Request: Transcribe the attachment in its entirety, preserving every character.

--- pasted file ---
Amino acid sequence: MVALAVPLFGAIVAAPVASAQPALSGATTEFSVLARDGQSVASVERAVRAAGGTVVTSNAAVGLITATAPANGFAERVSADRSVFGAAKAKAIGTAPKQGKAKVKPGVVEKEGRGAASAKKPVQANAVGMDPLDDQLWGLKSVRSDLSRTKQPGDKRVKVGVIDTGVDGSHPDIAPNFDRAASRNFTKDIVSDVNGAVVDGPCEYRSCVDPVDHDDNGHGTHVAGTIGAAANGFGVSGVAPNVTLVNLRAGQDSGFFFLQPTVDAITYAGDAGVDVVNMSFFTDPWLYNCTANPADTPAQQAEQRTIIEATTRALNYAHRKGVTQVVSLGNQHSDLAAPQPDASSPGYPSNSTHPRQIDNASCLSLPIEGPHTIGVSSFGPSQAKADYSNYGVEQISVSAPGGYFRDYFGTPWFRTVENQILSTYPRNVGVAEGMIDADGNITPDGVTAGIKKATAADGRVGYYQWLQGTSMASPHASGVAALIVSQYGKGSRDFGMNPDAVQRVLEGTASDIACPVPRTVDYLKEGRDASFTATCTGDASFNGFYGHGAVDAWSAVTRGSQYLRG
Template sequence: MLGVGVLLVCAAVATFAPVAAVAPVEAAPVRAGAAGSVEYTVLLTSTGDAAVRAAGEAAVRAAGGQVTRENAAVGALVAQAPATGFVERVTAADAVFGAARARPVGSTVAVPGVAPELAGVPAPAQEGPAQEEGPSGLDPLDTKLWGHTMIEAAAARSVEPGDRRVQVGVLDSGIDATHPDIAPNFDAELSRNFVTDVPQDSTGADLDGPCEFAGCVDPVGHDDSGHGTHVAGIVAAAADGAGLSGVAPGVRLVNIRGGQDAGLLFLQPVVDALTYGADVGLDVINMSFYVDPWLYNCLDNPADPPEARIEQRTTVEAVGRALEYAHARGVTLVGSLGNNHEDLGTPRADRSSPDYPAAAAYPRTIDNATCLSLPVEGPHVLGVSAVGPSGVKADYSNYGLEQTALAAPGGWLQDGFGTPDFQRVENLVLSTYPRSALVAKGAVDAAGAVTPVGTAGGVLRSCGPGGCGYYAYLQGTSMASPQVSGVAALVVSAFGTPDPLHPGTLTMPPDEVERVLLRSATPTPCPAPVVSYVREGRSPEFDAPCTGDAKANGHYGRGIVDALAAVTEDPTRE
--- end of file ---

Amino acid sequence: MVALAVPLFGAIVAAPVASAQPALSGATTEFSVLARDGQSVASVERAVRAAGGTVVTSNAAVGLITATAPANGFAERVSADRSVFGAAKAKAIGTAPKQGKAKVKPGVVEKEGRGAASAKKPVQANAVGMDPLDDQLWGLKSVRSDLSRTKQPGDKRVKVGVIDTGVDGSHPDIAPNFDRAASRNFTKDIVSDVNGAVVDGPCEYRSCVDPVDHDDNGHGTHVAGTIGAAANGFGVSGVAPNVTLVNLRAGQDSGFFFLQPTVDAITYAGDAGVDVVNMSFFTDPWLYNCTANPADTPAQQAEQRTIIEATTRALNYAHRKGVTQVVSLGNQHSDLAAPQPDASSPGYPSNSTHPRQIDNASCLSLPIEGPHTIGVSSFGPSQAKADYSNYGVEQISVSAPGGYFRDYFGTPWFRTVENQILSTYPRNVGVAEGMIDADGNITPDGVTAGIKKATAADGRVGYYQWLQGTSMASPHASGVAALIVSQYGKGSRDFGMNPDAVQRVLEGTASDIACPVPRTVDYLKEGRDASFTATCTGDASFNGFYGHGAVDAWSAVTRGSQYLRG
Template sequence: MLGVGVLLVCAAVATFAPVAAVAPVEAAPVRAGAAGSVEYTVLLTSTGDAAVRAAGEAAVRAAGGQVTRENAAVGALVAQAPATGFVERVTAADAVFGAARARPVGSTVAVPGVAPELAGVPAPAQEGPAQEEGPSGLDPLDTKLWGHTMIEAAAARSVEPGDRRVQVGVLDSGIDATHPDIAPNFDAELSRNFVTDVPQDSTGADLDGPCEFAGCVDPVGHDDSGHGTHVAGIVAAAADGAGLSGVAPGVRLVNIRGGQDAGLLFLQPVVDALTYGADVGLDVINMSFYVDPWLYNCLDNPADPPEARIEQRTTVEAVGRALEYAHARGVTLVGSLGNNHEDLGTPRADRSSPDYPAAAAYPRTIDNATCLSLPVEGPHVLGVSAVGPSGVKADYSNYGLEQTALAAPGGWLQDGFGTPDFQRVENLVLSTYPRSALVAKGAVDAAGAVTPVGTAGGVLRSCGPGGCGYYAYLQGTSMASPQVSGVAALVVSAFGTPDPLHPGTLTMPPDEVERVLLRSATPTPCPAPVVSYVREGRSPEFDAPCTGDAKANGHYGRGIVDALAAVTEDPTRE